Stewart explained that by selling off just about all of the company-owned locations and becoming 99% franchised, DineEquity has been able to focus on what it does best: mainly branding, technology, operations, training, marketing and culinary innovations. She said that strategy has proven to be very successful.
As for technology, Stewart said there's a big technology push at Applebee's and IHOP that includes not only paying at the table so your credit card never leaves your sight but also loyalty programs and mobile apps, online ordering and a whole lot more. Stewart noted that social media has also been a big focus for DineEquity and it's working very well.
When asked about the company's balance sheet, Stewart said her company plans the refinancing of a big portion of its debt by the end of this year. Once that's complete it will be issuing a new capital allocation strategy that will likely include a boost to the company's already sizable dividend.
Cramer said he hasn't been a big fan of many restaurants but DineEquity is one restaurant that's doing everything right.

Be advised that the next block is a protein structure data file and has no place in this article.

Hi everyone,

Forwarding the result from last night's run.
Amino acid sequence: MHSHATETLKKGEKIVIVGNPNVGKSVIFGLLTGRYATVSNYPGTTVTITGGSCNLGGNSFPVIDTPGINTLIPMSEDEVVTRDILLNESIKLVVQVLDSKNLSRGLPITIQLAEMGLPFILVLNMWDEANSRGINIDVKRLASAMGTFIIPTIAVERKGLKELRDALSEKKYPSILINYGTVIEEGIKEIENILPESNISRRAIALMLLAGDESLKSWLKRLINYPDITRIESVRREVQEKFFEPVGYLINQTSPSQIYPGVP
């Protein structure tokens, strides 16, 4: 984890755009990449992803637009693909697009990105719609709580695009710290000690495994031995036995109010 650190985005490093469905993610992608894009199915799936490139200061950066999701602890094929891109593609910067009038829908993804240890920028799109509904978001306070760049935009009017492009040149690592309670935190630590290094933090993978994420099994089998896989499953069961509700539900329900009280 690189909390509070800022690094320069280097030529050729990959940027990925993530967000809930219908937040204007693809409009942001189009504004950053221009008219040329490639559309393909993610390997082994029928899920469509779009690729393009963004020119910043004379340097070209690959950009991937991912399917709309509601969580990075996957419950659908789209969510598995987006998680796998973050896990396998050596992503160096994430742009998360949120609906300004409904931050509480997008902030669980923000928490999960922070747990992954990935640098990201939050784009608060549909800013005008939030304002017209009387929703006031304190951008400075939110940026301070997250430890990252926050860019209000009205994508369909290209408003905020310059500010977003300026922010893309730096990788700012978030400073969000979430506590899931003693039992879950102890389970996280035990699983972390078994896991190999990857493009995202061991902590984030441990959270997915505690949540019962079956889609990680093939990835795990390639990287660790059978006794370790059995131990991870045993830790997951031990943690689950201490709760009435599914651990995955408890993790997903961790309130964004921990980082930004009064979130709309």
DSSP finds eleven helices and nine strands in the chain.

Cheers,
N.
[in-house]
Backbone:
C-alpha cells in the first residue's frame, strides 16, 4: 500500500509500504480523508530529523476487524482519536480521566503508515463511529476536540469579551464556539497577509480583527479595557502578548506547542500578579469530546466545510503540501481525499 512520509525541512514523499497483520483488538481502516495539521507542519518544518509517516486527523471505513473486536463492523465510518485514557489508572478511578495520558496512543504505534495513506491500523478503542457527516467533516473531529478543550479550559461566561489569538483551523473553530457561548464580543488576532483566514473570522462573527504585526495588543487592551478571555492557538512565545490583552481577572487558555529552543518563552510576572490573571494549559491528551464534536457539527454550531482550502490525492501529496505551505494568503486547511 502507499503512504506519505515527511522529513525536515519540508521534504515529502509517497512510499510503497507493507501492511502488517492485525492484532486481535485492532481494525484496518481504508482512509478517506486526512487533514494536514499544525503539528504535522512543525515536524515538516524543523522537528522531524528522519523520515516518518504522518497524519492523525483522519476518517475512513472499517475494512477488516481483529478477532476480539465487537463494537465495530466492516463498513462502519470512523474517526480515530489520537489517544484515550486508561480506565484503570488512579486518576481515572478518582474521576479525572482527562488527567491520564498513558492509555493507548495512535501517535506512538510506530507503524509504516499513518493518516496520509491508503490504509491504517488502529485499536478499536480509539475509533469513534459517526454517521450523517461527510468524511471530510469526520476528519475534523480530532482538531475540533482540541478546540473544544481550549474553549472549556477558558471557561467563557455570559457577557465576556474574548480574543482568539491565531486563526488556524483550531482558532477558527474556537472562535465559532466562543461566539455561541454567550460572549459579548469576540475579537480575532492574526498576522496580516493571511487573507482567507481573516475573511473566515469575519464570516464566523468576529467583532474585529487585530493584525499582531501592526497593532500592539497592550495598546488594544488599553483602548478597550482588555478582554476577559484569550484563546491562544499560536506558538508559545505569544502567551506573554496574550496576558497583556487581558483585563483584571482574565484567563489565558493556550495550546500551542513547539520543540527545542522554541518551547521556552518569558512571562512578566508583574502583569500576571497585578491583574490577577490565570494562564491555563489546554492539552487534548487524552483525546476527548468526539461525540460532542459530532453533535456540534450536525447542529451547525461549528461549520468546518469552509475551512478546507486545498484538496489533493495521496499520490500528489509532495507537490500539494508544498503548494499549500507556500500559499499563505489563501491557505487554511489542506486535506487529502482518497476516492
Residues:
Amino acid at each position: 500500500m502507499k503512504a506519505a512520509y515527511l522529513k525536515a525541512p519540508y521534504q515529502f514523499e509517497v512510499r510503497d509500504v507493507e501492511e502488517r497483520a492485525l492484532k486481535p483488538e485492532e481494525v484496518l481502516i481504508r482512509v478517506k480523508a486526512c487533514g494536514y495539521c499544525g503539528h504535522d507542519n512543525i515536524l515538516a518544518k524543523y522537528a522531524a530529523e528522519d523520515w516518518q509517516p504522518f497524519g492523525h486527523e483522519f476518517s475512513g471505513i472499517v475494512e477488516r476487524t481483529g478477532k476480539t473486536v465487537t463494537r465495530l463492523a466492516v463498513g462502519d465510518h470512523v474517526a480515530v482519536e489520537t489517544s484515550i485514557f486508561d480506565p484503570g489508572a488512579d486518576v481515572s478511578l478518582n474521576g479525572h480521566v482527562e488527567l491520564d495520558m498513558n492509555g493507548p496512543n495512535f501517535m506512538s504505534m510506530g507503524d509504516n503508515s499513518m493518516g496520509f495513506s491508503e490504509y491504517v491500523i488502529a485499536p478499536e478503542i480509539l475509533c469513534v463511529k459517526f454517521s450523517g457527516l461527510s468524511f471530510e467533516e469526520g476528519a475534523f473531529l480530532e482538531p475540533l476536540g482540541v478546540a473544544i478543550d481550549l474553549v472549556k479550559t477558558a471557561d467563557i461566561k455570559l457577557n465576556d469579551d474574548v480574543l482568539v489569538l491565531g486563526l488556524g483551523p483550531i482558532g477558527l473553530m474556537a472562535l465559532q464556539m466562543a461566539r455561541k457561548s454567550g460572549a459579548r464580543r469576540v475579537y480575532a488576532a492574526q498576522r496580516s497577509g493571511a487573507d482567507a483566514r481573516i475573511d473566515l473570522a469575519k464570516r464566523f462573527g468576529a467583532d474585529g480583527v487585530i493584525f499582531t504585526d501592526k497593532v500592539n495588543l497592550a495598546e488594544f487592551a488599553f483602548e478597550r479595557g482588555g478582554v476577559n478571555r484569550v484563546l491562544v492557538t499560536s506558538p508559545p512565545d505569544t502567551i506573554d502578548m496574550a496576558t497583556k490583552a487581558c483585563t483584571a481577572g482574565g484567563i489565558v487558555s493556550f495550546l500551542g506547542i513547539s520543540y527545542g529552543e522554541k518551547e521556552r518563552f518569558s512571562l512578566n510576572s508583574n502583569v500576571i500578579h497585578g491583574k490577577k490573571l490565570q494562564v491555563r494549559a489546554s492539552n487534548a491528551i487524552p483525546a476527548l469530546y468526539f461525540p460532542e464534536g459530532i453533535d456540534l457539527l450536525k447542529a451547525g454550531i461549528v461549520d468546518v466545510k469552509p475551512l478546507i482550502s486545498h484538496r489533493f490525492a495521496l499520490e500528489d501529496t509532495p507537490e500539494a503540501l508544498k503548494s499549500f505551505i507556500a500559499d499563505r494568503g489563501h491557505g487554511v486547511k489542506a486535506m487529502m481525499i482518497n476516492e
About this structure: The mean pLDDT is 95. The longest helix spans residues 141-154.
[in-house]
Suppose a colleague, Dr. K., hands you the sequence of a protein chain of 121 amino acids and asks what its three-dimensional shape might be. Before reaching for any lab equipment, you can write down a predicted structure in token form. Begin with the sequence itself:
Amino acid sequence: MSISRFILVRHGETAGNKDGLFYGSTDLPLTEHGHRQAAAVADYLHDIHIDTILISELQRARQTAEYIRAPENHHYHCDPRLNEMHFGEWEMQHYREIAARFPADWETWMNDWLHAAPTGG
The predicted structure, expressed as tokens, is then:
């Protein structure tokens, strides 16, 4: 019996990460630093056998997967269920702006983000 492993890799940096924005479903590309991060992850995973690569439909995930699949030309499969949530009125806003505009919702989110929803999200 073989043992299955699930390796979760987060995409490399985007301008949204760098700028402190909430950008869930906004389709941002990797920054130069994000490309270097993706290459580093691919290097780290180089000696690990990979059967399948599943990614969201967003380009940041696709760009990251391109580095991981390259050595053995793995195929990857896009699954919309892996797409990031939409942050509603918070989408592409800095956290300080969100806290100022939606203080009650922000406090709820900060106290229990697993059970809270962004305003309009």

Driving With GMWhat stock had its best May sales in seven years? It's not the one you'd think, Cramer told viewers: It's General Motors (GM), another Action Alerts PLUS holding. Yup, that's right. Despite millions of cars being recalled and a permanent spot on the negative headline hall of fame, General Motors was able to post a 12.6% increase in sales for the month of May. It did so without throwing a fire sale and offering uber-promotions on all of its vehicles. These results were a shock to just about everyone except for Cramer, who made the bold call just four weeks ago that the negativity surrounding GM was far greater than the potential impact on the company's earnings. Cramer said he was panned mercilessly, as is usually the case, for his bold call last month -- but just about all of his predictions have come into fruition. The negative impact to earnings is baked into the stock, Cramer concluded, it's just going to take Wall Street a few more weeks to realize it.
Executive Decision: Bill McDermottIn his second "Executive Decision" segment, Cramer spoke with Bill McDermott, CEO of SAP (SAP), the old-school tech giant that missed on both revenue and earnings when it reported in mid-April despite its cloud business growing by 38%.
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